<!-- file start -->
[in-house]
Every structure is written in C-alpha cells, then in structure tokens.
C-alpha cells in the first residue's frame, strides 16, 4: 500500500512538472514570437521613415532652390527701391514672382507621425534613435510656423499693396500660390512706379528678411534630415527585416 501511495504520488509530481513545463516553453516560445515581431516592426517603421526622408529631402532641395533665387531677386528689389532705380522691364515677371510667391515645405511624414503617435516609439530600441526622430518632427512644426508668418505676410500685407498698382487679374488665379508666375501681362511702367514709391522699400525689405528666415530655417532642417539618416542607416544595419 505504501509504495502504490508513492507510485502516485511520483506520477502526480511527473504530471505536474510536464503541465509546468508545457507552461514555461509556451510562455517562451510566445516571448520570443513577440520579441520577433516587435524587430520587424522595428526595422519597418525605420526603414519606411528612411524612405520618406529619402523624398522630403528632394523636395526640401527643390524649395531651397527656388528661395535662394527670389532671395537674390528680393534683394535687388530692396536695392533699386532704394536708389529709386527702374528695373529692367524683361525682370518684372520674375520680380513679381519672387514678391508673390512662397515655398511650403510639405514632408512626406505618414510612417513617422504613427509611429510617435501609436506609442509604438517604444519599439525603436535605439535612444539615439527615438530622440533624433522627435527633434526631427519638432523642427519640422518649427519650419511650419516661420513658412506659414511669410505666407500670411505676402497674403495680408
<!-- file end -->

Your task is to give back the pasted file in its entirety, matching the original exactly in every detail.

[in-house]
Every structure is written in C-alpha cells, then in structure tokens.
C-alpha cells in the first residue's frame, strides 16, 4: 500500500512538472514570437521613415532652390527701391514672382507621425534613435510656423499693396500660390512706379528678411534630415527585416 501511495504520488509530481513545463516553453516560445515581431516592426517603421526622408529631402532641395533665387531677386528689389532705380522691364515677371510667391515645405511624414503617435516609439530600441526622430518632427512644426508668418505676410500685407498698382487679374488665379508666375501681362511702367514709391522699400525689405528666415530655417532642417539618416542607416544595419 505504501509504495502504490508513492507510485502516485511520483506520477502526480511527473504530471505536474510536464503541465509546468508545457507552461514555461509556451510562455517562451510566445516571448520570443513577440520579441520577433516587435524587430520587424522595428526595422519597418525605420526603414519606411528612411524612405520618406529619402523624398522630403528632394523636395526640401527643390524649395531651397527656388528661395535662394527670389532671395537674390528680393534683394535687388530692396536695392533699386532704394536708389529709386527702374528695373529692367524683361525682370518684372520674375520680380513679381519672387514678391508673390512662397515655398511650403510639405514632408512626406505618414510612417513617422504613427509611429510617435501609436506609442509604438517604444519599439525603436535605439535612444539615439527615438530622440533624433522627435527633434526631427519638432523642427519640422518649427519650419511650419516661420513658412506659414511669410505666407500670411505676402497674403495680408